Humble Bundle got my attention with this one. Might buy two copies so my brother can read some PA while overseas on mission. Amazing how they have taken products that are essentially given away for free over the internet by the creators, and found another way to somehow make money off it. Humble Bundle must be using witchcraft.
Your example actually works the opposite way. Cars past the early 90s are all required to use the same code diagnostic software (OBD-II). You generally need to buy a scanner, but it allows you to read the codes your onboard diagnostic system is storing. Your repair manual will have a section of codes listed to decipher them.
Where the car example does mirror Campos' is that the codes and diagnostics are designed for trained technicians (doctors in his case) and can still be pretty cryptic to decipher.
I feel it would be great to have data like this freely available. As long as it is not being used for marketting, i think the person who owns it should have free use. As long as it doesn't contain personal identifiers, it could be used to build apps to monitor your health in real time, and the data it collects over time could be used by researchers to study and make advancements in their field.
Multiplied by the amount of discs produced, the number of average views per disc, and the number of average viewers in the audience of each viewing. Maybe they could cut the number of views down, except my dvds all seem to be locked so i can't skip to the menu.
If you are watching a movie, do you get charged for each song in the soundtrack? What about if you are watching a music video for a song and it shows clips of the movie? Seems only fair to charge a fee on top of a fee for those privileges.
Maybe the chip can be programmed to cause you to go blind or deaf whenever music or movies are playing that you aren't willing to pay for. That way we only have to reject one or two of our senses temporarily to avoid infringing.
What i got from the article was that if the cult could show sufficient damages under Dendrite, then discovery would still be allowed. I find it disingenuous that the cult copyrighted the manual shortly before pursuing legal action. It seems like it was just legal maneuvering specifically to identify the people speaking out against them. If you don't think anonymity is important, especially when you are speaking out against religious groups, i challenge you to join a scientology chapter and then proceed to shed light on your experiences there.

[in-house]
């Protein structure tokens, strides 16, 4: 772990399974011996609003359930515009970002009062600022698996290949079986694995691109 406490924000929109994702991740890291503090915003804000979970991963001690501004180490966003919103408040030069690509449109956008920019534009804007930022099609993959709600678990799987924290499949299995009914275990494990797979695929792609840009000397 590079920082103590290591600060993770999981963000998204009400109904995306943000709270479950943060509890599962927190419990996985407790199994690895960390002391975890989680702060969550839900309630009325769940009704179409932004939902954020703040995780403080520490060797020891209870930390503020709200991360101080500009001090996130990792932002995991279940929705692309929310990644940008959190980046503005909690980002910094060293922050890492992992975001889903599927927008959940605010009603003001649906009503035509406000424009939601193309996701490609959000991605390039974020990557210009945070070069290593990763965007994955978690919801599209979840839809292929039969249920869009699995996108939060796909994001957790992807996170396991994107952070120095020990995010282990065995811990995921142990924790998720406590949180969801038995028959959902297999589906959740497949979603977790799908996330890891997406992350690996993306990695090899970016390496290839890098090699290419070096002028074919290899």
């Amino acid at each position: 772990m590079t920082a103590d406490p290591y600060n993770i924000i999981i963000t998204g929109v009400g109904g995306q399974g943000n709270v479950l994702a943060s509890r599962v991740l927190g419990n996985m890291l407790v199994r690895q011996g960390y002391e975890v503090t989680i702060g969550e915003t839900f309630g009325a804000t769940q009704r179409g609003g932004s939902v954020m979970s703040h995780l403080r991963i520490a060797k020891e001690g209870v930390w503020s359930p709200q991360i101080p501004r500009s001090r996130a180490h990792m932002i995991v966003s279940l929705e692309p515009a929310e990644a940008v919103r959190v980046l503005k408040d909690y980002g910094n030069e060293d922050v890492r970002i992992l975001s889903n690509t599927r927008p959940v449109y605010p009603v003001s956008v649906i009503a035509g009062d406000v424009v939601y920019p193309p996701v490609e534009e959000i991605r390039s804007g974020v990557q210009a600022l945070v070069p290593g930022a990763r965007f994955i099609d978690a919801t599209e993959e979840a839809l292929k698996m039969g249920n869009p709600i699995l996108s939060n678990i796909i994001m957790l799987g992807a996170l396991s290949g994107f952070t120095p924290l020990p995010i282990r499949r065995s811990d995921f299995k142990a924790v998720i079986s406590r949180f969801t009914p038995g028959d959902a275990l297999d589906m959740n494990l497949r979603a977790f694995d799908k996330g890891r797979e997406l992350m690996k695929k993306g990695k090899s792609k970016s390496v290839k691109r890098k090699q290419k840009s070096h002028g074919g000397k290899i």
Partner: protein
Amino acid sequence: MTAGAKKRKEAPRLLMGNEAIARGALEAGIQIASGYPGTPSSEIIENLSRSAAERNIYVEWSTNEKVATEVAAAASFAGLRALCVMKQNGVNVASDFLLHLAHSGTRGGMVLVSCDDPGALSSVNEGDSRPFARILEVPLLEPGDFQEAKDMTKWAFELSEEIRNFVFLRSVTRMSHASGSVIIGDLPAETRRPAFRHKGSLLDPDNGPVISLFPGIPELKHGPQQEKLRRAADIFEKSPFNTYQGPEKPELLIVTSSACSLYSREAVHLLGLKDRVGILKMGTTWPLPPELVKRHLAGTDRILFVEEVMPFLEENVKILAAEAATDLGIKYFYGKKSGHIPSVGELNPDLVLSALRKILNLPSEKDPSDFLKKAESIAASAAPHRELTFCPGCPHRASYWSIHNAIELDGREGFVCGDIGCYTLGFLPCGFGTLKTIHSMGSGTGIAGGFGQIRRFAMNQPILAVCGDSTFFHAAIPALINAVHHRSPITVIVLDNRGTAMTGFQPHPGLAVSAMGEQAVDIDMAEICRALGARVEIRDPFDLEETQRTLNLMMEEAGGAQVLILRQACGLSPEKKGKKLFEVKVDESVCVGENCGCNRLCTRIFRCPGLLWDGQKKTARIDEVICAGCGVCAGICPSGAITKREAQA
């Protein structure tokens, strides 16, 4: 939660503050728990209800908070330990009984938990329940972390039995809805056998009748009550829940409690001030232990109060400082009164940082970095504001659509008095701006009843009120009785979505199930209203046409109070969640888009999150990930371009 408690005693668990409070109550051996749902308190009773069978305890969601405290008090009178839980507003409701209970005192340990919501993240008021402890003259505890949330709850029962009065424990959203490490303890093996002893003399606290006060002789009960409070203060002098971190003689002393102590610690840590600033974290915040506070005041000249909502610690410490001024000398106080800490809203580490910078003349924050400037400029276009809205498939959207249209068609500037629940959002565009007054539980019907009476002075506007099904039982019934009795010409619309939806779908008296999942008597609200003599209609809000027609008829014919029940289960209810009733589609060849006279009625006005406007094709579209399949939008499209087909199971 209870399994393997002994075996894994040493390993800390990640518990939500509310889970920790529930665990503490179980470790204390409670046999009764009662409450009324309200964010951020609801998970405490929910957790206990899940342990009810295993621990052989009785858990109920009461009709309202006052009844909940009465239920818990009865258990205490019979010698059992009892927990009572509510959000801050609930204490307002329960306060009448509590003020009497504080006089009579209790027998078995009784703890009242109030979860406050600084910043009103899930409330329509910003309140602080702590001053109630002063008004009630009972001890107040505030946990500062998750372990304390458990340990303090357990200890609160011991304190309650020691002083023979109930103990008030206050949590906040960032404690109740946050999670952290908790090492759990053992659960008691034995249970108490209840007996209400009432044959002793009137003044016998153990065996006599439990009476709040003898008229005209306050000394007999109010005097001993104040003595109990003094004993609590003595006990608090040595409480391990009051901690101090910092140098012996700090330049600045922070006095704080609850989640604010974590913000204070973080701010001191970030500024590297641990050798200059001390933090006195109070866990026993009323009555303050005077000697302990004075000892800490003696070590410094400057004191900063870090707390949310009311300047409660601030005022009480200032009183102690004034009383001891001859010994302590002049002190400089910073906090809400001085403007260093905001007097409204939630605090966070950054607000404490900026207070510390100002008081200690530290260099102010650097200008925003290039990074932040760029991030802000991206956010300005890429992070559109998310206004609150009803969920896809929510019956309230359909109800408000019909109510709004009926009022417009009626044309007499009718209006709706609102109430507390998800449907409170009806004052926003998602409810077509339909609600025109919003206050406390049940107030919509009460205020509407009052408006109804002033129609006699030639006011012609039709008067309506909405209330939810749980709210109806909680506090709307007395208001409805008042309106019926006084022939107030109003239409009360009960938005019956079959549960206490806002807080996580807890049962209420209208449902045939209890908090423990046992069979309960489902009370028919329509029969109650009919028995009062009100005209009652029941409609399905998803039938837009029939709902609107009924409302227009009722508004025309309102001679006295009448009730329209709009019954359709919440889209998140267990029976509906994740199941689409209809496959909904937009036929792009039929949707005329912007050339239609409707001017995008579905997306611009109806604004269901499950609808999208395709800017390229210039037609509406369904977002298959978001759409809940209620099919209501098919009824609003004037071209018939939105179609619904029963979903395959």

If Apple wants to control the reveal of their product, then why was an Apple engineer bar hopping with a prototype? It's not Gizmodo's responsibility to sit on that story, and Apple got A LOT of great, free coverage of the iPhone4. Too bad they lumped in all the negative publicity for being vindictive.
Hmmm...Lindows claims Windows trademark is invalid because it is too generic for trademark validation, despite it being the most used OS in the world. Shagbook claims Facebook is too generic for trademark validation despite it being the most popular social media site in the work...Has your brain stopped working that you can't draw the parallel?
No, i think Facebook refers to Facebook, and that Shagbook does NOT refer to Facebook. The whole point of the article is: Facebook is overzealous with trademark lawsuits, someone is finally hitting back.
There must be some loophole for surveillance footage. I think it is completely wrong that he showed it to a group of teachers in some private screening. If he was going to show it to anyone, it should have been the police. But I don't think seeing something like this while watching surveillance footage should be an indictable offense. That would be the same to me as if the video was entered into evidence and played for the judge and both parties (and possibly jury). Once again, completely wrong and possibly illegal to host a private screening of this.